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Nature, Environment

Former Oil Industry Exec Weighs In on Methane-Waste Rule

Just hours are left for the U.S. Senate to invoke the Congressional Review Act and overturn a Bureau of Land Management rule preventing oil and gas developers on public land from venting and flaring methane gas into the atmosphere.

The Congressional Review Act gives lawmakers 60 days to overturn newly adopted agency rules, and for the BLM methane-waste rules, that deadline is Thursday. The Senate vote could come as early as today.

Wayne Warmack, a former director at ConocoPhillips, worked in the oil and gas industry for nearly three decades and contended that the rule will ensure a cleaner environment and bring in money for local communities.

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The Bureau of Land Management estimates that energy companies wasted enough natural gas to power more than 5 million homes between 2009 and 2014.


The result, he said, could be “millions and millions of dollars every year that would come in the form of taxes and royalties to the states and federal government, and the public. There are job benefits, in the fact that there will be more jobs created to help capture this methane.“

The BLM has estimated that companies wasted enough gas to power more than 5 million homes between 2009 and 2014. Supporters have said royalty dollars could go to support public schools or updated infrastructure. Those who are opposed have said capturing the gas is too costly for energy companies and impractical for older well sites.

Warmack said regulations must move forward in line with the public’s continually rising expectations. However, he noted, industry always rises to the challenge. One example, he said, was the mandate that vapor-control systems be installed at gas pumps.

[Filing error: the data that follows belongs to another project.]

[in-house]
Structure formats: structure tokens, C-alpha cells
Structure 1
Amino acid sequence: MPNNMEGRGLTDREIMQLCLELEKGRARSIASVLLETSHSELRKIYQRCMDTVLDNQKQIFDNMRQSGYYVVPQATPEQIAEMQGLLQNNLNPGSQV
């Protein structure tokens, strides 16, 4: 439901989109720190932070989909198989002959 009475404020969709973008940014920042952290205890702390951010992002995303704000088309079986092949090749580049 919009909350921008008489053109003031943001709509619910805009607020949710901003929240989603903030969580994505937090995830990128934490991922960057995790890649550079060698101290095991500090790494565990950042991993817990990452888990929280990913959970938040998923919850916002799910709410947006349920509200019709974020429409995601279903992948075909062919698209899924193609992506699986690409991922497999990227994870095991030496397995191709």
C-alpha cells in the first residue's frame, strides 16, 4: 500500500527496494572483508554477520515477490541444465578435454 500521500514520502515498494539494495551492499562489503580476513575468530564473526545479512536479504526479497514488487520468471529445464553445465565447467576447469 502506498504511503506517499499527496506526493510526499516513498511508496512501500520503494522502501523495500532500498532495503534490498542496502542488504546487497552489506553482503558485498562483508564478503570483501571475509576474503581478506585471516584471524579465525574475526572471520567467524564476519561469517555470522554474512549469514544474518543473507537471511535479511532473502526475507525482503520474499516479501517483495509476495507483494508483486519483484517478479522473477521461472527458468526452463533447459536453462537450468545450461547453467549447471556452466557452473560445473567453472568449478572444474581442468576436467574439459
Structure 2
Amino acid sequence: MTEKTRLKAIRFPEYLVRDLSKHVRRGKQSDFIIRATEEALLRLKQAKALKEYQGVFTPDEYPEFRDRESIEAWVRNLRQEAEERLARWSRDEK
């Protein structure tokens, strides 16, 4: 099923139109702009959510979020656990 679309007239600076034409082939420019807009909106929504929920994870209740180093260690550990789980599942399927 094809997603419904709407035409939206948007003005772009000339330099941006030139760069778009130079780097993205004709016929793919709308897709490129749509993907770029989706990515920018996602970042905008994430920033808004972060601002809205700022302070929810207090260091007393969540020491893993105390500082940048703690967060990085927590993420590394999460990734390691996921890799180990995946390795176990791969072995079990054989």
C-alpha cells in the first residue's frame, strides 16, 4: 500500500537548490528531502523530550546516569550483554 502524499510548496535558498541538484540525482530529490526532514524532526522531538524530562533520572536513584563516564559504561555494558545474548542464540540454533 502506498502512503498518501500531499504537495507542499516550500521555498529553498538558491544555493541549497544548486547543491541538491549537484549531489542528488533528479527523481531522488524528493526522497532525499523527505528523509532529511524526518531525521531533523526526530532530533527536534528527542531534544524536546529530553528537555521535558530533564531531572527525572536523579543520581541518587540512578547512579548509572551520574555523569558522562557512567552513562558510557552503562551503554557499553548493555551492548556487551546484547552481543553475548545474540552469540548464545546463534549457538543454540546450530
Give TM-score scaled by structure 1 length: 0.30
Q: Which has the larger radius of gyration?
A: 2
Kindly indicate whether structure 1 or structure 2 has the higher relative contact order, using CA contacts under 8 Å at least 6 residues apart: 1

“There was a huge cry about how much it was going to increase the price of gas and how it would put gas stations out of business and cost a lot of jobs,“ he said, “but the truth is that industry responds to those challenges by finding better technology and better ways to accomplish those tasks.“

A poll conducted earlier this year found an overwhelming majority of voters on both sides of the political aisle support keeping the BLM methane rule in place, and 60 percent said they oppose eliminating federal requirements on energy companies.

A fact sheet on the BLM methane-waste rule is online at doi.gov.

CONSERVATION DAY FOR 6th. Graders

Conservation Day for the 6th Graders of Gilmer County was held once again at Cedar Creek State Park on April 25, 2017.

This field day was made possible by the West Fork Conservation District, with Supervisors Jane Collins and Larry Sponaugle representing Gilmer County.

It was a full day of activities, starting with Instructor Callie Sams (Department of Environmental Protection) who talked about the importanceof recycling and what our earth would look like if we did not recycle. 

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The students each received recycled shoe strings, crayons, and coloring books.

The students then advanced to Forestry with Instructor Joe Jelich, where they were exposed to different native trees and how to identify them.

Next, the Wildlife and Snakes class always gets the students excited. 

Instructor Jim Fregonara (WV Division of Natural Resources Wildlife Diversity) brought his snakes and the students were given the opportunity to touch one, if they dared! 

Almost every student walked away with a sticker proclaiming “I touched a snake today.” 

Our popular Beekeeping class was instructed by Bobbi Cottrill.  She always makes sure the kids leave with a few honey sticks and other goodies.

Kelley Sponaugle, a retired Soil Scientist from Shady Springs, originally from Cedarville had the students getting their hands dirty looking for bugs in the soil with magnifying glasses that each student got to take home with them.